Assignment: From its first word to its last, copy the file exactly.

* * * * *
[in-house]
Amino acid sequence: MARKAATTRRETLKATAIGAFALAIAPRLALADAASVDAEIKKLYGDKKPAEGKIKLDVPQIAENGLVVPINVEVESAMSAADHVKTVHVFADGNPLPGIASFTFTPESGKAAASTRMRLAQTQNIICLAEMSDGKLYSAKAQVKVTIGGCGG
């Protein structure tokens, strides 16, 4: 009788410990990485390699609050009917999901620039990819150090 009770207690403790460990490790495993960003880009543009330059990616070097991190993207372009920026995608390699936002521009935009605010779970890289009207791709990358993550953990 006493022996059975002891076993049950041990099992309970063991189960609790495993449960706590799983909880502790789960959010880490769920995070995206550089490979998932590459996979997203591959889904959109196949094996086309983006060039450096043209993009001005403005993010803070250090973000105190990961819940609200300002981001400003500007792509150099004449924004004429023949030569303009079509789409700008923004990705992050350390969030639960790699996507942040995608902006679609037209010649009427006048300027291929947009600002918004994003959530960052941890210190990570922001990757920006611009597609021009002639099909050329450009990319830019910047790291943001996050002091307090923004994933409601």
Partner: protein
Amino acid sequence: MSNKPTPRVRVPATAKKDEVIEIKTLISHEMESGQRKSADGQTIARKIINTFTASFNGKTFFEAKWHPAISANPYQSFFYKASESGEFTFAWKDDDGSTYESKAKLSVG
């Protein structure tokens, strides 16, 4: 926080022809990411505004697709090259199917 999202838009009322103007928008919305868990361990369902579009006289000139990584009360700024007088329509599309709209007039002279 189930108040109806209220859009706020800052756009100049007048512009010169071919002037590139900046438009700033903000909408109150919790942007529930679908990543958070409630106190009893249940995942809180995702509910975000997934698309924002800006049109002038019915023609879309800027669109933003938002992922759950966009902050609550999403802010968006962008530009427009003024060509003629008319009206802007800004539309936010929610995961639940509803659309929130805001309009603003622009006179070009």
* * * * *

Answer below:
[in-house]
Amino acid sequence: MARKAATTRRETLKATAIGAFALAIAPRLALADAASVDAEIKKLYGDKKPAEGKIKLDVPQIAENGLVVPINVEVESAMSAADHVKTVHVFADGNPLPGIASFTFTPESGKAAASTRMRLAQTQNIICLAEMSDGKLYSAKAQVKVTIGGCGG
């Protein structure tokens, strides 16, 4: 009788410990990485390699609050009917999901620039990819150090 009770207690403790460990490790495993960003880009543009330059990616070097991190993207372009920026995608390699936002521009935009605010779970890289009207791709990358993550953990 006493022996059975002891076993049950041990099992309970063991189960609790495993449960706590799983909880502790789960959010880490769920995070995206550089490979998932590459996979997203591959889904959109196949094996086309983006060039450096043209993009001005403005993010803070250090973000105190990961819940609200300002981001400003500007792509150099004449924004004429023949030569303009079509789409700008923004990705992050350390969030639960790699996507942040995608902006679609037209010649009427006048300027291929947009600002918004994003959530960052941890210190990570922001990757920006611009597609021009002639099909050329450009990319830019910047790291943001996050002091307090923004994933409601």
Partner: protein
Amino acid sequence: MSNKPTPRVRVPATAKKDEVIEIKTLISHEMESGQRKSADGQTIARKIINTFTASFNGKTFFEAKWHPAISANPYQSFFYKASESGEFTFAWKDDDGSTYESKAKLSVG
């Protein structure tokens, strides 16, 4: 926080022809990411505004697709090259199917 999202838009009322103007928008919305868990361990369902579009006289000139990584009360700024007088329509599309709209007039002279 189930108040109806209220859009706020800052756009100049007048512009010169071919002037590139900046438009700033903000909408109150919790942007529930679908990543958070409630106190009893249940995942809180995702509910975000997934698309924002800006049109002038019915023609879309800027669109933003938002992922759950966009902050609550999403802010968006962008530009427009003024060509003629008319009206802007800004539309936010929610995961639940509803659309929130805001309009603003622009006179070009």